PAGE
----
SMNR: Comparative Judicial Politics

Cross-Listing Courts around the world are becoming more powerful and more deeply involved in setting public policy, deciding important political and social questions, and constraining democratic politics. At the same time, those who should know – and care – the most about this phenomenon, including lawyers, politicians, and political scientists, often operate under mistaken premises concerning courts and law, how politics affects them and how they in turn affect politics. In this course we will try to dispel some of these misunderstandings. We will ask questions like the following: What is behind this global trend? What are courts doing with their newfound powers? When do courts and law have more important consequences for politics and for social change? Perhaps more importantly, is this “judicialization” good, bad or indifferent? And good for whom? The course examines the role that courts and law play in political systems around the world, including the United States. We begin with an examination of the basic logic of courts and law, and cover such topics as the differences across legal traditions, the creation of constitutional courts, the nature of judicial decision-making, judicial independence, the capacity of courts to produce social change, etc. The ultimate goal is to understand the conditions under which courts are or become consequential actors within the overall social and political system. The course should be especially relevant to those with an interest in comparative law and legal systems, comparative judicial behavior, the role of courts in politics and social change, and the rule of law around the world. Given the course’s strong institutional focus, the course should also be relevant to those interested in comparative institutional analyses more generally. The readings will include materials on courts around the world, from the US and the rest of North America, to Latin America, Africa, the Middle East, Asia and Europe. Grading: Your grade in the course will be determined by your participation in class discussions (20%), two one- to two-page long discussion guides (10%), your reflection paper (20%), and your final paper (50%).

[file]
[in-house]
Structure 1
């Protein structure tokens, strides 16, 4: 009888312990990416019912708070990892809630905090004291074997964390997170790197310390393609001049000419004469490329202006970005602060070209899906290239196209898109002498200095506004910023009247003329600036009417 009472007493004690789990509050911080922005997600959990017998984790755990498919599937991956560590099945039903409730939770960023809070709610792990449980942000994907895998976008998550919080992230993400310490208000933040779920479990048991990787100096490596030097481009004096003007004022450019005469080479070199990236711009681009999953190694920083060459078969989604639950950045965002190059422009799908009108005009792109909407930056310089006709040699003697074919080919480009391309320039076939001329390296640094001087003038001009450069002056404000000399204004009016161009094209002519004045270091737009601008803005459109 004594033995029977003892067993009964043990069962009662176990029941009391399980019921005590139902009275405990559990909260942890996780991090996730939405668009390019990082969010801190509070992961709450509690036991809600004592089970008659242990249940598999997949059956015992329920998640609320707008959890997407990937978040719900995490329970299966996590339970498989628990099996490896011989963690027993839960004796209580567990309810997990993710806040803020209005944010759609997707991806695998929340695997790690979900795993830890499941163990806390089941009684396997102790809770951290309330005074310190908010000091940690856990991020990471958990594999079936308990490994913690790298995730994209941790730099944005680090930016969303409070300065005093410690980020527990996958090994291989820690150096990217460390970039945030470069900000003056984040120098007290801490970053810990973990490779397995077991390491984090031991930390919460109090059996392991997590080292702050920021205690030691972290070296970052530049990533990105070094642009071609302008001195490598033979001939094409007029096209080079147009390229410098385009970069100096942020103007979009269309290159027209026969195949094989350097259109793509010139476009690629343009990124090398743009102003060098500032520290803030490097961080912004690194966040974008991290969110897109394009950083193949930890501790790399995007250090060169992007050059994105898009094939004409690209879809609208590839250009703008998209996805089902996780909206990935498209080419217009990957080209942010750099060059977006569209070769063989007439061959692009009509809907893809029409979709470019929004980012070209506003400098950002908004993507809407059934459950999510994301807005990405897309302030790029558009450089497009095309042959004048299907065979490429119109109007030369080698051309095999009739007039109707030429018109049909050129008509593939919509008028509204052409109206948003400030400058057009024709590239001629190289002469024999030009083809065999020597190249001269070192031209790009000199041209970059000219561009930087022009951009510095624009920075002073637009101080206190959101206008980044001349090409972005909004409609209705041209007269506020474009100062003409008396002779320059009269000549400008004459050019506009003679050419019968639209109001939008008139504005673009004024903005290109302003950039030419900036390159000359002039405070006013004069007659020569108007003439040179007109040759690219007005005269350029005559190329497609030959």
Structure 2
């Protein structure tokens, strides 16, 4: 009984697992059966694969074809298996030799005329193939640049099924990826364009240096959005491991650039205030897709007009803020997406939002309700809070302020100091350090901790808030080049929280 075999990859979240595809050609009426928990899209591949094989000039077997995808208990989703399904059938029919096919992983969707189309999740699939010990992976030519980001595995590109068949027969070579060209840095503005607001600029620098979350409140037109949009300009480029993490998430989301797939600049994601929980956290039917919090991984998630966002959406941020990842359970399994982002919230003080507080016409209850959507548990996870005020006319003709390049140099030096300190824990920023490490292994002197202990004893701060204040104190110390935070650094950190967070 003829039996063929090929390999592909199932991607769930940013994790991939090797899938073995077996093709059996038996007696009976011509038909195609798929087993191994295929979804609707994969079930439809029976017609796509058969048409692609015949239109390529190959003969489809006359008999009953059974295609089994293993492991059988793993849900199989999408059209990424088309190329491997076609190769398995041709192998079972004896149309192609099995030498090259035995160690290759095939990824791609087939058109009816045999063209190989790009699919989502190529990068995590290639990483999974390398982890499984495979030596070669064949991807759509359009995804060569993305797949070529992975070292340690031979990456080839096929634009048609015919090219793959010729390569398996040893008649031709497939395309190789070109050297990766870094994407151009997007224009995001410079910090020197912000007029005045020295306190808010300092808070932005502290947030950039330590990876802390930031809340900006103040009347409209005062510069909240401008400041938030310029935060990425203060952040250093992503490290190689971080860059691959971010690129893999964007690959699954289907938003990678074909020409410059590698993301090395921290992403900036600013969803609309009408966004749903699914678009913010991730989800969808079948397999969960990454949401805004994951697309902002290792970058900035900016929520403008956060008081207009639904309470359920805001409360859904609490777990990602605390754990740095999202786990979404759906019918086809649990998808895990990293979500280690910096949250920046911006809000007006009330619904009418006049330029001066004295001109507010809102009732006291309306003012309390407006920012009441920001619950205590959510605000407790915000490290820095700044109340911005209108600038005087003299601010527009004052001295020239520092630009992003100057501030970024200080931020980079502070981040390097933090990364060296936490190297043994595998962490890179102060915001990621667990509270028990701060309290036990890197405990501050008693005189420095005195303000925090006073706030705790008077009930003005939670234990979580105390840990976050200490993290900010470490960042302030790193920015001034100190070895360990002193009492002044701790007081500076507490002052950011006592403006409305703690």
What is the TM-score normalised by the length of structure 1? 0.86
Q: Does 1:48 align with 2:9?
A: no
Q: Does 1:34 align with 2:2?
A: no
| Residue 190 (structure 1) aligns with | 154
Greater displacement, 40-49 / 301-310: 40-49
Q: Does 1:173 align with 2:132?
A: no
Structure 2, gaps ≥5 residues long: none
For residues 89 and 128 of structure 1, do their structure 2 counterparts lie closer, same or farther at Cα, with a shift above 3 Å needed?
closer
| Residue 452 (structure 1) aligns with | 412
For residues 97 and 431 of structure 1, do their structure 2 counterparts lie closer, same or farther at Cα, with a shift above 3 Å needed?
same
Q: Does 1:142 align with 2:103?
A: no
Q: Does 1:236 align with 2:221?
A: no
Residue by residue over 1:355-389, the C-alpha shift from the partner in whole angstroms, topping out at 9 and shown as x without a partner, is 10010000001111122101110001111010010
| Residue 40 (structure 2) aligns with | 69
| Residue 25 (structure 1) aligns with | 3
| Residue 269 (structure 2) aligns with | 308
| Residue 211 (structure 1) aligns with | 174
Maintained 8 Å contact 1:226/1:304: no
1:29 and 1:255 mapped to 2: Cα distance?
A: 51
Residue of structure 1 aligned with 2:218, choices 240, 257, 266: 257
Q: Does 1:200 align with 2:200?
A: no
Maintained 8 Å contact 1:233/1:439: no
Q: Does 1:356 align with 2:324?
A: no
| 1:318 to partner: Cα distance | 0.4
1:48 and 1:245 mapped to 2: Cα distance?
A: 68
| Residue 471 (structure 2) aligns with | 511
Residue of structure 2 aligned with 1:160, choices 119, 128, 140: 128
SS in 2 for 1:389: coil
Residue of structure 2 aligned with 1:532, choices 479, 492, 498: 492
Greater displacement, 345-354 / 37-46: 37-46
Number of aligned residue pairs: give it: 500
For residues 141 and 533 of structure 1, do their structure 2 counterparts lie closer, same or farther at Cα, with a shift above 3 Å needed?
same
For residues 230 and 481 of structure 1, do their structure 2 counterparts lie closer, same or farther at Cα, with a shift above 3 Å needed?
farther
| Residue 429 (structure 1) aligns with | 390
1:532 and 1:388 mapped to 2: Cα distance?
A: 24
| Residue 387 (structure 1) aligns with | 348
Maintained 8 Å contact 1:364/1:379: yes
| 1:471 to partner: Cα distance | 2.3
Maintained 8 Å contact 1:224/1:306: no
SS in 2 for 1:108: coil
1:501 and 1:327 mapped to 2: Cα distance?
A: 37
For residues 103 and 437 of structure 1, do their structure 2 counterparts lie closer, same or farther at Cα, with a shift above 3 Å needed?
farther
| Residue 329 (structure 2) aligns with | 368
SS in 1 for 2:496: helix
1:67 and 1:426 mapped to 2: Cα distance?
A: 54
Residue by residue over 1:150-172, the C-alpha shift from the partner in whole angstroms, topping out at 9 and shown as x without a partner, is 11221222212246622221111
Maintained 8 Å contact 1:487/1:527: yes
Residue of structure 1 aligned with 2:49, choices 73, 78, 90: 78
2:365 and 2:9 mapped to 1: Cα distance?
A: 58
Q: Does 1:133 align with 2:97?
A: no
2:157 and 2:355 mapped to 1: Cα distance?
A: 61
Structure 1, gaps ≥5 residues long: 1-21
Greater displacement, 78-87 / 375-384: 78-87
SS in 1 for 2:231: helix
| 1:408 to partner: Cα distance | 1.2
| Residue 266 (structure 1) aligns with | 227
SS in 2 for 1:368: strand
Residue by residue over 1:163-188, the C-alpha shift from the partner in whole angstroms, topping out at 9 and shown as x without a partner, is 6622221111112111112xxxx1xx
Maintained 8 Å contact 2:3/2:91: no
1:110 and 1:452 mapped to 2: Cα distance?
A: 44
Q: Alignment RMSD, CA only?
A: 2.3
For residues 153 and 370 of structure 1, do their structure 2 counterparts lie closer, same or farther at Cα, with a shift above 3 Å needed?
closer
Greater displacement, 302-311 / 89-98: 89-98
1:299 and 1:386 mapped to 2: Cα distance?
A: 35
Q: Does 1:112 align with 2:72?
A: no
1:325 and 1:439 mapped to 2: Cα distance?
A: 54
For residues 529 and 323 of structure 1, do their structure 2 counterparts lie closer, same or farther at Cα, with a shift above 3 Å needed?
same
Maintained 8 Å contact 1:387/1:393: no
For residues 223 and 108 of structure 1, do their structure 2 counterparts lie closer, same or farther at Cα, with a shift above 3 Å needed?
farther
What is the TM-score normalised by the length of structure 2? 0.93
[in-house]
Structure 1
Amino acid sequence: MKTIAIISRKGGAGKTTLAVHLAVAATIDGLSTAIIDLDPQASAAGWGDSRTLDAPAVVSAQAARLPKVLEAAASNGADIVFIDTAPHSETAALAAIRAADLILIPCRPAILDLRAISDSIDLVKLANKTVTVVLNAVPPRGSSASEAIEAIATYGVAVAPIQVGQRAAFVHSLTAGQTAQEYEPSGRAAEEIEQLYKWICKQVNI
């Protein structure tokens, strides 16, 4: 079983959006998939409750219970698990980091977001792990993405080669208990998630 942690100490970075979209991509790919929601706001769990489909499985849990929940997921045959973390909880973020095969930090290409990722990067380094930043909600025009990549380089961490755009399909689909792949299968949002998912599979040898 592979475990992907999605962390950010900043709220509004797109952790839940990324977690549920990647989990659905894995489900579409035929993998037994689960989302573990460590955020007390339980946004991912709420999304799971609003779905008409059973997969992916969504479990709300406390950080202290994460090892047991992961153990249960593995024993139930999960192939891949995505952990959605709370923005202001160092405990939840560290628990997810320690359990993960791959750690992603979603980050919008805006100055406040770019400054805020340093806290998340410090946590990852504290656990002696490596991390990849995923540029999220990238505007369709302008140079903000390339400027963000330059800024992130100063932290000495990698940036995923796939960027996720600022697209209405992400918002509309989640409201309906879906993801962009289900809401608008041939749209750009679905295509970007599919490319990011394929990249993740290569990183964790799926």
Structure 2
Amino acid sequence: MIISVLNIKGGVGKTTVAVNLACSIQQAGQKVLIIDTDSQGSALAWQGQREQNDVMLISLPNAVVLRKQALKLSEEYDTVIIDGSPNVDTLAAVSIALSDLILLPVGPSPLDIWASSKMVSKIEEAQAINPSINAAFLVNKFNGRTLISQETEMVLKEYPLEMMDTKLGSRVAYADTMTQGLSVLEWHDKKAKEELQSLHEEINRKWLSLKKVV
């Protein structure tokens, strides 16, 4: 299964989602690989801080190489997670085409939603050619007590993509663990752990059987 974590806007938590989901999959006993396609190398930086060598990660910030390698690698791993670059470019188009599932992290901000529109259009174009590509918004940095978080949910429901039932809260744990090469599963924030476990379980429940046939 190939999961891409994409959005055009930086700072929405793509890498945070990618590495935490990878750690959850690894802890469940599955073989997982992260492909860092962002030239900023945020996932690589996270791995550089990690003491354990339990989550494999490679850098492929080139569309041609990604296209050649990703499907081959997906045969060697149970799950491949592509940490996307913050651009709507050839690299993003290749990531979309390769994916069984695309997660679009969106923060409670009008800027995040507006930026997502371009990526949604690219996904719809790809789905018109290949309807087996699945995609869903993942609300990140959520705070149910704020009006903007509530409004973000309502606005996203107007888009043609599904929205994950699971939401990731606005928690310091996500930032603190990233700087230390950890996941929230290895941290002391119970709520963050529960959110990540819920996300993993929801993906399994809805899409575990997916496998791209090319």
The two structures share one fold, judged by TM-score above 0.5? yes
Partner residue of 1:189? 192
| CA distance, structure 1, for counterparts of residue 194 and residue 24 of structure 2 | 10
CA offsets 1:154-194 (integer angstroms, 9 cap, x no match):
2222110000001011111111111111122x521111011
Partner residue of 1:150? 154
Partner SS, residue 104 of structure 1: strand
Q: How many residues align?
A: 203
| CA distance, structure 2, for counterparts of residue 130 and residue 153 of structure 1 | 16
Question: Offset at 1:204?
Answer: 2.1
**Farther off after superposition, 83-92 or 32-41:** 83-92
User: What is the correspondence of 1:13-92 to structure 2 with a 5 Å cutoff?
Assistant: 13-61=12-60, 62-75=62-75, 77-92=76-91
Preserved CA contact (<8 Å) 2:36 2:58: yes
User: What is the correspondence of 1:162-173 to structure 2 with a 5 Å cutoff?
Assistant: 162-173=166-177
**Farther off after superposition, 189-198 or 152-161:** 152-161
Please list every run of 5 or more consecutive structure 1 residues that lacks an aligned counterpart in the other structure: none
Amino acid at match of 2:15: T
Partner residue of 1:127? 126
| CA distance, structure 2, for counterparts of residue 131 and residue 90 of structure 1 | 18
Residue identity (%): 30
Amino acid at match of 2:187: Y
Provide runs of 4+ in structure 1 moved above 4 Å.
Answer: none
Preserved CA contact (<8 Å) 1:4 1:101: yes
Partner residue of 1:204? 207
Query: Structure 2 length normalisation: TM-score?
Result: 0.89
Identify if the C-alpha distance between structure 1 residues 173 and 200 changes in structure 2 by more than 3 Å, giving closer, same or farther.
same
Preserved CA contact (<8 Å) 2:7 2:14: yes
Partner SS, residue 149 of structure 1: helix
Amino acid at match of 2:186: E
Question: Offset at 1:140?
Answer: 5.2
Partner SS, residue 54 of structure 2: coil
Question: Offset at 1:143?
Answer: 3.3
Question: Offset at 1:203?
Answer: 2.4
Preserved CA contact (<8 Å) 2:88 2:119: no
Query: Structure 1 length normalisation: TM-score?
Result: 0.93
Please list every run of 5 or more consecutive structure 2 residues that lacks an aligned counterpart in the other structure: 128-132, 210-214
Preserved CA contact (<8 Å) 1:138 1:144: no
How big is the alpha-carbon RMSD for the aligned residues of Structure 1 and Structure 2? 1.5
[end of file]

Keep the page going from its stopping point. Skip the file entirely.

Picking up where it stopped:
Class Details

Meeting Days Time Location
Tuesday 9:30 am - 12:30 pm BAT 5.102
Evaluation Method Date Time Alpha Range Room
Paper

Additional Information

Course Type
Grading Method
Pass/Fail Allowed

Textbooks

  • No materials required

Faculty

Brinks, Daniel M Brinks, Daniel M